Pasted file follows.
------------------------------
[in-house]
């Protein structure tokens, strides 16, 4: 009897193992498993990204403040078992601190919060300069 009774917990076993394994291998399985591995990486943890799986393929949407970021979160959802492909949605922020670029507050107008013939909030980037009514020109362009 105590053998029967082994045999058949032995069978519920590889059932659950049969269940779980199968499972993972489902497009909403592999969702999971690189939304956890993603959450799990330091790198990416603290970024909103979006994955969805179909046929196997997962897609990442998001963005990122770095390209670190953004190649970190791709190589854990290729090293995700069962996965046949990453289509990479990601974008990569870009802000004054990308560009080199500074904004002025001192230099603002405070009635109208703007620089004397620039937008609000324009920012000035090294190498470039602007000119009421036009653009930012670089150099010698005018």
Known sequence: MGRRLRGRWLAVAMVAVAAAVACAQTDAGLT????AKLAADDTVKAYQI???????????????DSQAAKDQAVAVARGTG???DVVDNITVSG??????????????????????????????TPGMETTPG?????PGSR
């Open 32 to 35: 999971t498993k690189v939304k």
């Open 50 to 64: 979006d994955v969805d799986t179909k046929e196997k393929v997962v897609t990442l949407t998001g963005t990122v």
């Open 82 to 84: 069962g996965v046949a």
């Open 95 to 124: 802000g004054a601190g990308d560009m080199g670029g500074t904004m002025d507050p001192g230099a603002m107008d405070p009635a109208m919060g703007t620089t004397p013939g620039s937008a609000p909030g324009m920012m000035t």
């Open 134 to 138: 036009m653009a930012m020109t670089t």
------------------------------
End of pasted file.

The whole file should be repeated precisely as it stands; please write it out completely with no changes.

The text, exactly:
[in-house]
């Protein structure tokens, strides 16, 4: 009897193992498993990204403040078992601190919060300069 009774917990076993394994291998399985591995990486943890799986393929949407970021979160959802492909949605922020670029507050107008013939909030980037009514020109362009 105590053998029967082994045999058949032995069978519920590889059932659950049969269940779980199968499972993972489902497009909403592999969702999971690189939304956890993603959450799990330091790198990416603290970024909103979006994955969805179909046929196997997962897609990442998001963005990122770095390209670190953004190649970190791709190589854990290729090293995700069962996965046949990453289509990479990601974008990569870009802000004054990308560009080199500074904004002025001192230099603002405070009635109208703007620089004397620039937008609000324009920012000035090294190498470039602007000119009421036009653009930012670089150099010698005018």
Known sequence: MGRRLRGRWLAVAMVAVAAAVACAQTDAGLT????AKLAADDTVKAYQI???????????????DSQAAKDQAVAVARGTG???DVVDNITVSG??????????????????????????????TPGMETTPG?????PGSR
């Open 32 to 35: 999971t498993k690189v939304k």
């Open 50 to 64: 979006d994955v969805d799986t179909k046929e196997k393929v997962v897609t990442l949407t998001g963005t990122v």
């Open 82 to 84: 069962g996965v046949a």
């Open 95 to 124: 802000g004054a601190g990308d560009m080199g670029g500074t904004m002025d507050p001192g230099a603002m107008d405070p009635a109208m919060g703007t620089t004397p013939g620039s937008a609000p909030g324009m920012m000035t």
């Open 134 to 138: 036009m653009a930012m020109t670089t």